Review: “Totem” by Soulfly

Twenty five years after their inception the arrival of the twelfth album from Phoenix Arizona based Soulfly in “Totem” is one that offers a certain amount of intrigue. What kind of riffs is Max Cavalera going to bring to the King’s table in the absence of Marc Rizzo following last summers less than amicable departure? Curiously enough Cavalera gives Arthur Rizk (Code Orange, Jungle Rot, Cavalera Consipiracy) the task of not only manning the boards but also playing lead guitars in the absence of touring guitarist Dino Cazares  from Fear Factory in the studio. Elsewhere Zyon Cavalera, Max’s son continues a decade of aggression on the drum stool and Mike Leon remains on bass while boasting guest appearances from John Powers (Eternal Champion), Chris Ulsh (Power Trip), and John Tardy (Obituary).

Having been aired live well before the album “Superstition” is a cut that many will already be well versed in and it’s a solid place to start with the bands trademark tribal and World music elements firmly ingrained into a maelstrom of solid riffs, all delivered at high tempo. Between them, Rizk and Cavalera have conjured a ghostly echo on some of the vocal parts that is a little odd on the first couple of spins but grows on you before the screams of the impaled open “Scouring The Vile” a cut driven by the percussion which shines throughout the record as a whole. A middle finger to Cancer, the unmistakable vocals of Obituary’s John Tardy are the fuel to the fire that makes the cut immense. “Filth Upon Filth” then brings some Thrashier guitar work and some whammy bar drop solos which flow into “Rot In Pain” adding a new dimension to the kind of work that Rizzo was putting in on previous rocks, the latter being a rampage through the darkness is up there with the best of the bands work. There is a real sense of Groove in the first half of the album that makes you want to bang your head as the sub-three minute cuts fly fast an loose. The crisp, clean production and fantastic drum sound gives these songs a real lift and in truth there is a timeless quality to them. They could have been released at any point in the bands carrier and fans would have been none the wiser and perfectly happy, while equally they in no way, shape or form do they sound dated.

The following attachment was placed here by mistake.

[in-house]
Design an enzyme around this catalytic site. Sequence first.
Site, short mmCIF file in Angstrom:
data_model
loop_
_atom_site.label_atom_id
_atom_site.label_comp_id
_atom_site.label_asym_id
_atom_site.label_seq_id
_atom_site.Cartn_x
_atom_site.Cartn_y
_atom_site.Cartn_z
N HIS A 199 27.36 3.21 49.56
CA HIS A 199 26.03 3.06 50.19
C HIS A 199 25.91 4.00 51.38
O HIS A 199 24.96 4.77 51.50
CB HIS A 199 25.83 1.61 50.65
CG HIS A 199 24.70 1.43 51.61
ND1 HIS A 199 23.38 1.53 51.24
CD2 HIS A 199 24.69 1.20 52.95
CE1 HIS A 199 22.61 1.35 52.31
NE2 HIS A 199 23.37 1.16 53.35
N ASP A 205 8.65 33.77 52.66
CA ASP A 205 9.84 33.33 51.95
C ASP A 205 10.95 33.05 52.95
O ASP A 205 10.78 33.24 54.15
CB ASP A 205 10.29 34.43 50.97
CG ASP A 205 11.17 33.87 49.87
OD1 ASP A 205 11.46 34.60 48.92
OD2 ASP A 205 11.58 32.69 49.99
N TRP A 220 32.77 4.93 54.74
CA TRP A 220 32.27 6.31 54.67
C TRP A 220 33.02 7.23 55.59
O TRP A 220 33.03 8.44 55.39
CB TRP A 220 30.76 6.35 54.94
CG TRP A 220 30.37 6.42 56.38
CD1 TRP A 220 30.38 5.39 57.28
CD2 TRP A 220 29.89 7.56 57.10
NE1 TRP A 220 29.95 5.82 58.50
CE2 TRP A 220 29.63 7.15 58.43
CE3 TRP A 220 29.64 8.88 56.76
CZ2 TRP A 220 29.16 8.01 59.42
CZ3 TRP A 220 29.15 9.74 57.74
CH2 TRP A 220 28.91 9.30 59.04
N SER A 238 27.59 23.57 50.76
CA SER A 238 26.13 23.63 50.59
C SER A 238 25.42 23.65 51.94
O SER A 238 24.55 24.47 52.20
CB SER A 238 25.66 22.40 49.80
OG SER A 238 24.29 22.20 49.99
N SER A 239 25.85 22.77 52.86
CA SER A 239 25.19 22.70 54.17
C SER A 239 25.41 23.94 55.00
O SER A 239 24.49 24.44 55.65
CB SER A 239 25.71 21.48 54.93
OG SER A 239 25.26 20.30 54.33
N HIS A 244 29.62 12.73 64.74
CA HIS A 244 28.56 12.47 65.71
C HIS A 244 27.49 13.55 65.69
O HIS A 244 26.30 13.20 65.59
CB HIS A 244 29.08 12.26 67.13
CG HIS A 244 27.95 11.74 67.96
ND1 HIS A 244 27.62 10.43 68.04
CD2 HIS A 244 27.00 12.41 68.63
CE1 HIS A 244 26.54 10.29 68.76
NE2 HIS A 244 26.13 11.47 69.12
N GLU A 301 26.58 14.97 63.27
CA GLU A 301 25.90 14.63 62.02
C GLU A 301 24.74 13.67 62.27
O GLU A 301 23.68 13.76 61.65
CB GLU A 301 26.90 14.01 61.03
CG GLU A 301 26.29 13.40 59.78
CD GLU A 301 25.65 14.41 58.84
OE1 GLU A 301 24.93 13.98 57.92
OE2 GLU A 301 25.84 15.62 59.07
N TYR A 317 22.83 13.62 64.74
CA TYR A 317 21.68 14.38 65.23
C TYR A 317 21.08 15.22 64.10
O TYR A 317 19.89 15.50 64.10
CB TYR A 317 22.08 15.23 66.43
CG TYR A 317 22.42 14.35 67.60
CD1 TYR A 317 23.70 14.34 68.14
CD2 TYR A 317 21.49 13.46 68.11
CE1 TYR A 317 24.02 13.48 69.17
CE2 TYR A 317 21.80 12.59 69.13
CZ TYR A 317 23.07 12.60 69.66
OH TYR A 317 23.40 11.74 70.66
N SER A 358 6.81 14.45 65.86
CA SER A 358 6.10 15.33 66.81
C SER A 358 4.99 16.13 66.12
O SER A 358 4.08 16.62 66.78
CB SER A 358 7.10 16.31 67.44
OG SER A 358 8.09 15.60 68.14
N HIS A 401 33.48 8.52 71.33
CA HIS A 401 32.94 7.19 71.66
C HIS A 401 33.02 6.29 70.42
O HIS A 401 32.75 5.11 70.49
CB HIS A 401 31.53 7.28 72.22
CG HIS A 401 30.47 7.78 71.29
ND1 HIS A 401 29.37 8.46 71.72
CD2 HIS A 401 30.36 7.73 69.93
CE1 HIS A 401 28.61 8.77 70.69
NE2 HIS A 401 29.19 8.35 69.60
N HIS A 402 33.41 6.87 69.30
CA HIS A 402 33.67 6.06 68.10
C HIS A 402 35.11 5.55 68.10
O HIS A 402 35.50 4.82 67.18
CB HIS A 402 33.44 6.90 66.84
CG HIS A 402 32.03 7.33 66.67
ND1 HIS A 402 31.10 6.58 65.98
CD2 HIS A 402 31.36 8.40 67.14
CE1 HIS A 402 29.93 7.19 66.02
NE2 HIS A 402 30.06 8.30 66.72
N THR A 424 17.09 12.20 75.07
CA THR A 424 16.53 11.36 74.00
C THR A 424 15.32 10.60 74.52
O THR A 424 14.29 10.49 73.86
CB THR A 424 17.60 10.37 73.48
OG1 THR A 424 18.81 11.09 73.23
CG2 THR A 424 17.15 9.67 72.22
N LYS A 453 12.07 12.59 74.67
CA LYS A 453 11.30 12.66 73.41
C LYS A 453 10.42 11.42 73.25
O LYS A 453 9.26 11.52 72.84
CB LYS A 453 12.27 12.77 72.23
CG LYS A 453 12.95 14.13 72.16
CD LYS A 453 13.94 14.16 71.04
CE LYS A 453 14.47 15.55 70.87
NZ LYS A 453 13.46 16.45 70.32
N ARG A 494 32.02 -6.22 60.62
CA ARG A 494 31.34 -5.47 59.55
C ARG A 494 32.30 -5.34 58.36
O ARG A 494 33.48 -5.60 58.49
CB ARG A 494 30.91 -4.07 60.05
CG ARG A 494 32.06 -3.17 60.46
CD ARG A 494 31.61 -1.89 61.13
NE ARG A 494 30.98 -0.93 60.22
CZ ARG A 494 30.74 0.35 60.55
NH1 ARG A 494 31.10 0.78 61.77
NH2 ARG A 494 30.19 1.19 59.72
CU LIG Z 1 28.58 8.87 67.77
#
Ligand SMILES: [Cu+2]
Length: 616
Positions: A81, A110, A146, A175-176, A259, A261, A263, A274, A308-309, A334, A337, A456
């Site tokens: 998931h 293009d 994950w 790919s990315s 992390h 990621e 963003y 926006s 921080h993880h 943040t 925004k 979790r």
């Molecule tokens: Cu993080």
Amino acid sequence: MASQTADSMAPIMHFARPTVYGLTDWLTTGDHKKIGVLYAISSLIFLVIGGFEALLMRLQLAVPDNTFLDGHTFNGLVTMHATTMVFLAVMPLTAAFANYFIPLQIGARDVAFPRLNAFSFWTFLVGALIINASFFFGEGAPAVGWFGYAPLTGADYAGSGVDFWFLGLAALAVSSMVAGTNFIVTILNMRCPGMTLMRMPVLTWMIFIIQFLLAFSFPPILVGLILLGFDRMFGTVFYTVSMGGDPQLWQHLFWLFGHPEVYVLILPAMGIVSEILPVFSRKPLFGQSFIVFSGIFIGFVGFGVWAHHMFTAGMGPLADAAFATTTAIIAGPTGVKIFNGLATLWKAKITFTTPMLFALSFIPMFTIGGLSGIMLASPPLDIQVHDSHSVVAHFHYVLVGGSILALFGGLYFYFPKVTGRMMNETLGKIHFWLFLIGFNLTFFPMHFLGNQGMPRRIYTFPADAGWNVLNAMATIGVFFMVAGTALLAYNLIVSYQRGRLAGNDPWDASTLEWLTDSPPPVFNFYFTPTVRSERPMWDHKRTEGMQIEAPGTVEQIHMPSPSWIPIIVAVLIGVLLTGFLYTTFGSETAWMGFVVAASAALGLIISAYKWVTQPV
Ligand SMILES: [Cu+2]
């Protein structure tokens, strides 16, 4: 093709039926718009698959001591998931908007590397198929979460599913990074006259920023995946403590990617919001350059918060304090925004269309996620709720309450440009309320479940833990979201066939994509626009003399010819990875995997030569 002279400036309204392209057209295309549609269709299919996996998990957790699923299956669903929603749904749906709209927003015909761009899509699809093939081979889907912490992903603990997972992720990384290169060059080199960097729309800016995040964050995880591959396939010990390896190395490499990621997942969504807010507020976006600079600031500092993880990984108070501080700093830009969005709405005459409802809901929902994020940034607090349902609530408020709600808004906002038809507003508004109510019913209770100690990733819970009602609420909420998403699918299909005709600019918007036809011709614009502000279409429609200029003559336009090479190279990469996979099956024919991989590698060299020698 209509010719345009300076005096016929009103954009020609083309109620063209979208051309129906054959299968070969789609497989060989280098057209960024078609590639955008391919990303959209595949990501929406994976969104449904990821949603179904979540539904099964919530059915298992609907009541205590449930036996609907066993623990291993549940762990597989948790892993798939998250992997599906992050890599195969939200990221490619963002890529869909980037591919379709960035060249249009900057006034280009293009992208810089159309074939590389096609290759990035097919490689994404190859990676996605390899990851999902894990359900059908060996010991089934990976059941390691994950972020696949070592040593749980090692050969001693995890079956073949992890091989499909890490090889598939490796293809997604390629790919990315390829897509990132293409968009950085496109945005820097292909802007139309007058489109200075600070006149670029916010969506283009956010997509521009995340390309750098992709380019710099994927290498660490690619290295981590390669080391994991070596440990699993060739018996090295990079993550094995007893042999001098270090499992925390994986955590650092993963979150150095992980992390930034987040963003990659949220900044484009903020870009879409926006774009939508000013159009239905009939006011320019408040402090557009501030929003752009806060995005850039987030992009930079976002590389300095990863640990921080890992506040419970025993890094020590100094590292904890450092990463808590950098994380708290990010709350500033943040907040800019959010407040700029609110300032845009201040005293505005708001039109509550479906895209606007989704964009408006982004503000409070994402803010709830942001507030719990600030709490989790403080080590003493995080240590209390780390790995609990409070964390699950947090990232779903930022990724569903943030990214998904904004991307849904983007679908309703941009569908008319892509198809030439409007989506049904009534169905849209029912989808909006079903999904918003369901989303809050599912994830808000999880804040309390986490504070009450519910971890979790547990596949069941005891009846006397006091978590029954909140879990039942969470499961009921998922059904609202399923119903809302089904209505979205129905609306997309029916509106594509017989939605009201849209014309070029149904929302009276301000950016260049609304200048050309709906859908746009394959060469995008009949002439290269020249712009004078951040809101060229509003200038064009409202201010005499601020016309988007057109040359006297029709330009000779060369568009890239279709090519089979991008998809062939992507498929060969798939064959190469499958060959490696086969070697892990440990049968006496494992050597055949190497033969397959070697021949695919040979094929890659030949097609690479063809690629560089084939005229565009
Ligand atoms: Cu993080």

The solo in “The Damage Done” is an absolute face melter although the cut feels like a pair of ideas that have been put together as the transition from the slower into the sprint isn’t as slick as it is elsewhere on the record and it’s probably the one mute point. By way of contrast and breaking the chains of the shorter, faster cuts of the record, the title track brings us an almighty staggered slow down in the later half with a Doom Metal feel to drive down the darkness having leapt gracefully from shredding thrash. “Ecstasy Of Gold” is not an Ennino Morricone cover but instead an anthem about the bloodlust for money and power that some feel and it’s an absolute monster, continuing the catchy grooves and punchy bass that makes it perfectly listenable while keeping things short and the point at the same time. The obligatory instrumental is a far shorter piece of melodic interlude this time of asking and if anything severs as an introduction piece to the nine and a half minute marathon of grand finale “Spirit Animal“. It’s not the mindless self indulgence that the length of the cut suggests but instead a solid anthemic piece with Chris Ulsh of Power Trip offering up a classy solo. The spiritual World music vibes of the final throes are classic Soulfly and add the twist in the tale that everyone saw coming. A solid return after four years away, this new Soulfly record serves as a refreshing reminder of what they are capable of while the decision to strip things back a little goes a long way [7.5/10]

Track Listing

  1. Superstition
  2. Scouring The Vile
  3. Filth Upon Filth
  4. Rot In Pain
  5. The Damage Done
  6. Totem
  7. Ancestors
  8. Ecstasy Of Gold
  9. Soulfly XII
  10. Spirit Animal

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